Trump administration models predict near doubling of daily death toll by June

click to enlarge Testing patients at a drive-through site for COVID-19, the disease caused by the coronavirus, in Seattle, Thursday, April 30, 2020. The site was setup at the University of Washington Medical Center parking garage. - RUTH FREMSON/THE NEW YORK TIMES
Ruth Fremson/The New York Times
Testing patients at a drive-through site for COVID-19, the disease caused by the coronavirus, in Seattle, Thursday, April 30, 2020. The site was setup at the University of Washington Medical Center parking garage.
By The New York Times
The New York Times Company


As President Donald Trump presses for states to reopen their economies, his administration is privately projecting a steady rise in the number of cases and deaths from the coronavirus over the next several weeks, reaching about 3,000 daily deaths June 1, according to an internal document obtained by The New York Times, nearly double from the current level of about 1,750.

The projections, based on government modeling pulled together in chart form by the Federal Emergency Management Agency, forecast about 200,000 new cases each day by the end of the month, up from about 25,000 cases now.

The numbers underscore a sobering reality: While the United States has been hunkered down for the past seven weeks, not much has changed. And the reopening to the economy will make matters worse.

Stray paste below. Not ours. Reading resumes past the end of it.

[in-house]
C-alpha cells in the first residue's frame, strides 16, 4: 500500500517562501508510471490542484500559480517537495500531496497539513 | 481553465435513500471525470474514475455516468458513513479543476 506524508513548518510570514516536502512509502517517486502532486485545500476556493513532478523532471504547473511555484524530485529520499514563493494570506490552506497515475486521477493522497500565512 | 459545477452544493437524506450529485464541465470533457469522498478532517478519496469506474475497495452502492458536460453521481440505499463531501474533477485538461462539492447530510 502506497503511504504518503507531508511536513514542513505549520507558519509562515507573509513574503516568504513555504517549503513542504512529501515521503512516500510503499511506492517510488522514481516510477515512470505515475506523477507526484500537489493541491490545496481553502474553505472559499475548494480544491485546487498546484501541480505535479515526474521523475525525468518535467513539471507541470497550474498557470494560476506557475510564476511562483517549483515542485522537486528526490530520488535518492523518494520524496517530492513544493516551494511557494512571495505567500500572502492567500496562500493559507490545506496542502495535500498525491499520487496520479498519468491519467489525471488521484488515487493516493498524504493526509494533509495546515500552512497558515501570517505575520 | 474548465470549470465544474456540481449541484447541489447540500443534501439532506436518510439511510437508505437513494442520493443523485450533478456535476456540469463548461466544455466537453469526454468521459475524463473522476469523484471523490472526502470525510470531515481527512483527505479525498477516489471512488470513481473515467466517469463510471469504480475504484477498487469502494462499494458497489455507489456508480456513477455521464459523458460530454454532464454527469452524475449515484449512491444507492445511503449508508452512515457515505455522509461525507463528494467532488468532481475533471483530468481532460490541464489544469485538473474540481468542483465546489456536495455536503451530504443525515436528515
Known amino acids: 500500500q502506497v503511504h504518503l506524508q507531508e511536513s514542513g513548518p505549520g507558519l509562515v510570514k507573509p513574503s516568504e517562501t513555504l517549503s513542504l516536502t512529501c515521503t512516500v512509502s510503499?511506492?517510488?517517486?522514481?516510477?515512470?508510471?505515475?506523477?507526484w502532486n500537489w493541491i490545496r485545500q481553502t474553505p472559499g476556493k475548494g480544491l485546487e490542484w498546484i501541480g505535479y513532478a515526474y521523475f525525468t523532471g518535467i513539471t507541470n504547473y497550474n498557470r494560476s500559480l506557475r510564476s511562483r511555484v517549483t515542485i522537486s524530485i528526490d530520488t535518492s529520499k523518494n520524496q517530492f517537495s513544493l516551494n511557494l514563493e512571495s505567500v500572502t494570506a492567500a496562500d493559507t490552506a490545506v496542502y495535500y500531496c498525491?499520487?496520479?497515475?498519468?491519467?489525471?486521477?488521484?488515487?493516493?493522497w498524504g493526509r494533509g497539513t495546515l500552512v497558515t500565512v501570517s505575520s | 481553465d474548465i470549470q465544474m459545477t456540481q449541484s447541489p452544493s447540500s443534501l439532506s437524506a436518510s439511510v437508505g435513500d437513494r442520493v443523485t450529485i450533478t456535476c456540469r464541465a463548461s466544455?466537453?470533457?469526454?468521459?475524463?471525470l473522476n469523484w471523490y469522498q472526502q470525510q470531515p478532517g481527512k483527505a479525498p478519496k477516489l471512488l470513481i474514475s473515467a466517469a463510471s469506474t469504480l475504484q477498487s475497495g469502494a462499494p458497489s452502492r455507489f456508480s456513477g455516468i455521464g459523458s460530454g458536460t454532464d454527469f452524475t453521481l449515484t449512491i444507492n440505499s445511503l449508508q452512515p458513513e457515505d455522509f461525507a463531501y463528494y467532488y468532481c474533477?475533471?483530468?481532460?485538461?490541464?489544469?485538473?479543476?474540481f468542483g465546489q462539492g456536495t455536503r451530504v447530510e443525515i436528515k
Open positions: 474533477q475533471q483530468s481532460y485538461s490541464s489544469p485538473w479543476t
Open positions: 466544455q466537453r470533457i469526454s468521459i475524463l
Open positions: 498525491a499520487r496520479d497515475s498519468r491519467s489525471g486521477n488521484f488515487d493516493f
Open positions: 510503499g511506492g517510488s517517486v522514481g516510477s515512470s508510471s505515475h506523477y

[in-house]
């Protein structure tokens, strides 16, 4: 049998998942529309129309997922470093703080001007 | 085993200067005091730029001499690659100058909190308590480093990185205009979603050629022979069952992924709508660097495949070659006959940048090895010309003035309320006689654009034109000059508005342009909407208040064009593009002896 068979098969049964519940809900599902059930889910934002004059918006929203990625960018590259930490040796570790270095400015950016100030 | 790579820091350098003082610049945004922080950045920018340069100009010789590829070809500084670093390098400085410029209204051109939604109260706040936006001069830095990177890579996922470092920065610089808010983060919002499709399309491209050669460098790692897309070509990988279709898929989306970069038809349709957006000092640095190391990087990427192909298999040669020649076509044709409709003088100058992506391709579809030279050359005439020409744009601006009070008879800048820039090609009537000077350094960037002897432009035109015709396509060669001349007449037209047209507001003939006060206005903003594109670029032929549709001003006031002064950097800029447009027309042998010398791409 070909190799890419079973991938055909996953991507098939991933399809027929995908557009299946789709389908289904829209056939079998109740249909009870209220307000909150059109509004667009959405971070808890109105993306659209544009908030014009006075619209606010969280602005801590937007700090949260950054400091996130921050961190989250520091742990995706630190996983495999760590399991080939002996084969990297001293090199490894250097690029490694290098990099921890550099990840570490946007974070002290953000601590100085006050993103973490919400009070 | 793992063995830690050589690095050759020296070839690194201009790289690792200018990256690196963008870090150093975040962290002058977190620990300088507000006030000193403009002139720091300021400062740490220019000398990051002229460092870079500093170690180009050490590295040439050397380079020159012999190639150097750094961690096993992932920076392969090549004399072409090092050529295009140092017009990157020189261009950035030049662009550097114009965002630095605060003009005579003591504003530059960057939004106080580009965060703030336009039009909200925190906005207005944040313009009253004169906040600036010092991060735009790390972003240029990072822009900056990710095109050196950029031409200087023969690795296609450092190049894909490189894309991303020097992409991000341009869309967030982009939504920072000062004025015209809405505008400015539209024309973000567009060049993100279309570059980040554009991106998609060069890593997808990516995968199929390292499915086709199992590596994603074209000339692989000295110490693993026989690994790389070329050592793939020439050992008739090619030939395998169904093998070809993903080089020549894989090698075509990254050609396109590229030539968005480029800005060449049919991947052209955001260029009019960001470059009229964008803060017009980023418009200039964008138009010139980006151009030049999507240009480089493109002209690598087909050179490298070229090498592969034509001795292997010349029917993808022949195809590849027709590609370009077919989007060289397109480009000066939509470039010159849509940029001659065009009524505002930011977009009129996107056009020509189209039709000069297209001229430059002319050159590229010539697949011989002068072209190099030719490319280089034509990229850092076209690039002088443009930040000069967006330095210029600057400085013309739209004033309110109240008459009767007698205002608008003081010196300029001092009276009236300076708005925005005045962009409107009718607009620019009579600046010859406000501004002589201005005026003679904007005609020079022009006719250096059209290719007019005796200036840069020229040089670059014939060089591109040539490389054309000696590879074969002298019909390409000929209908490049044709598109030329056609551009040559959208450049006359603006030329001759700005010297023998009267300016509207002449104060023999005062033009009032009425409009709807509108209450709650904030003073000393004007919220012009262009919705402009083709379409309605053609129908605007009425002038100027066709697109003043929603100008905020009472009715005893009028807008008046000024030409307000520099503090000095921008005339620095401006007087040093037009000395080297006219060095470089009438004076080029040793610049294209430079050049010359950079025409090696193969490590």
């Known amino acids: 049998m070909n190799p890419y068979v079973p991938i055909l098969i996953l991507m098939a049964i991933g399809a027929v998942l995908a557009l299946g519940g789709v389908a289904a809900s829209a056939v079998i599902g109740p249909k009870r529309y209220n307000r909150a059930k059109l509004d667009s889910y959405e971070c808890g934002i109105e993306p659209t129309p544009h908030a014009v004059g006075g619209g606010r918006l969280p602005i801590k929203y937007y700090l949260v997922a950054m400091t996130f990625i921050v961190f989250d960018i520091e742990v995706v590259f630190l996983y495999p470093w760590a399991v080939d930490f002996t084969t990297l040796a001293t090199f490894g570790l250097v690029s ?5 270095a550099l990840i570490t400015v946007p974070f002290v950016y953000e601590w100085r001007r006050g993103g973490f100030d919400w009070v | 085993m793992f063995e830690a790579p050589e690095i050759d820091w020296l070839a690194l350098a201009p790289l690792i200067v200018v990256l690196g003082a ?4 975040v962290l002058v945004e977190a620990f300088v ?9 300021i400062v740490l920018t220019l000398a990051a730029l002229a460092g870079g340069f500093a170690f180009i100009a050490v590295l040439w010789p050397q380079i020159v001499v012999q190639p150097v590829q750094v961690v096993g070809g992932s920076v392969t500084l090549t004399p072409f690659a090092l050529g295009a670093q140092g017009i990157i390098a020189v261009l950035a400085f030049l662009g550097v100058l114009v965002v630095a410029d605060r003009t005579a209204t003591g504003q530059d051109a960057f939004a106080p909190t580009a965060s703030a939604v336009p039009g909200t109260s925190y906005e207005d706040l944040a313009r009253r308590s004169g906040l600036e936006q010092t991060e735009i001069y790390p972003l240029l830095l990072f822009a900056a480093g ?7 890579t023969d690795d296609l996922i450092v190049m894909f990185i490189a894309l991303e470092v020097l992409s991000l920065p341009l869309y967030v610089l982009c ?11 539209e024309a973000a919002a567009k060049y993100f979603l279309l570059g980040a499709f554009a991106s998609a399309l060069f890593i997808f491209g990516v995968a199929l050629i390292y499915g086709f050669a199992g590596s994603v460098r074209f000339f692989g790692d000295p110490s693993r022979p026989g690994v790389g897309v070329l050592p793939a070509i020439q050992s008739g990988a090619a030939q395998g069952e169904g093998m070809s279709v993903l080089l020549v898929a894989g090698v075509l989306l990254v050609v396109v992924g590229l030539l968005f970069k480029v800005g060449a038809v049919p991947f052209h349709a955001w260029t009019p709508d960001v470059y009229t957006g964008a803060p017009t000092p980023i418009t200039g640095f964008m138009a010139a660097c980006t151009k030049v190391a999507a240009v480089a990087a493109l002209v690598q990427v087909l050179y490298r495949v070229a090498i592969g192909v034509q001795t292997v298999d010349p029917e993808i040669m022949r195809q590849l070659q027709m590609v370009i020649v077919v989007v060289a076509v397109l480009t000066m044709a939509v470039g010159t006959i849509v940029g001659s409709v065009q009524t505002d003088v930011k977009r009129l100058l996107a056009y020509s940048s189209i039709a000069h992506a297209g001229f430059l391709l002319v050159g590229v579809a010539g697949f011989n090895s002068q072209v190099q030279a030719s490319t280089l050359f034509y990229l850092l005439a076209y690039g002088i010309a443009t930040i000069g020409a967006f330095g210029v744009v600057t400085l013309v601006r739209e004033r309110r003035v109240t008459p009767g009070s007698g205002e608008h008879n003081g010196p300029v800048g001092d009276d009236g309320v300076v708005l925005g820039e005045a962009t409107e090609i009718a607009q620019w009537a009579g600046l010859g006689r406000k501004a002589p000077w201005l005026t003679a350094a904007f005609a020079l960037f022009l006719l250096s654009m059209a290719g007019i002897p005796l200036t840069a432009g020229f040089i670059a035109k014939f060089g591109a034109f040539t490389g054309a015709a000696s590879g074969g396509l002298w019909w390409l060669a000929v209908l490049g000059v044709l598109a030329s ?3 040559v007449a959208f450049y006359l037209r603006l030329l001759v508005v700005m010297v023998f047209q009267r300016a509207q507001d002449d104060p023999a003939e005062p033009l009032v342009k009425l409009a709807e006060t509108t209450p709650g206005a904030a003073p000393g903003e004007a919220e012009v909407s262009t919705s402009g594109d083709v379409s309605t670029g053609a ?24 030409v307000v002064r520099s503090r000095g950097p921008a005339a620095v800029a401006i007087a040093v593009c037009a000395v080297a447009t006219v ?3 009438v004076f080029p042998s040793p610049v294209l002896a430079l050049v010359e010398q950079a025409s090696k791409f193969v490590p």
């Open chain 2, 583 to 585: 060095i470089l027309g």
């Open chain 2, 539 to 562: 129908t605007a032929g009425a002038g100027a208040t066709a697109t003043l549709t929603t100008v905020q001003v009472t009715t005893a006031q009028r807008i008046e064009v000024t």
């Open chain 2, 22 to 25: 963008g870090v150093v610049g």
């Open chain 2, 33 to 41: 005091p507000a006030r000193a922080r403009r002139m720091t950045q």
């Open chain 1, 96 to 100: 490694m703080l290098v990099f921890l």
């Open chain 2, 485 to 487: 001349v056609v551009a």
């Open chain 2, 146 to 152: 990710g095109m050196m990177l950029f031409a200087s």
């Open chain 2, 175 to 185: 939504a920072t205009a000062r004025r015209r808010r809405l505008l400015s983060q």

“There remains a large number of counties whose burden continues to grow,” the Centers for Disease Control and Prevention warned.

The projections confirm the primary fear of public health experts: that a reopening of the economy will put the nation right back where it was in mid-March, when cases were rising so rapidly in some parts of the country that patients were dying on gurneys in hospital hallways as the health care system grew overloaded.

“While mitigation didn’t fail, I think it’s fair to say that it didn’t work as well as we expected,” Scott Gottlieb, Trump’s former commissioner of food and drugs, said Sunday on the CBS program “Face the Nation.” “We expected that we would start seeing more significant declines in new cases and deaths around the nation at this point. And we’re just not seeing that.”

On Sunday, Trump said deaths in the United States could reach 100,000, twice as many as he had forecast just two weeks ago. But his new estimate still underestimates what his own administration is now predicting to be the total death toll by the end of May — much less in the months that follow. It follows a pattern for Trump, who has frequently understated the impact of the disease.


The White House responded that the new projections had not been vetted.

“The president’s phased guidelines to open up America again are a scientific driven approach that the top health and infectious disease experts in the federal government agreed with,” said Judd Deere, a White House spokesman.

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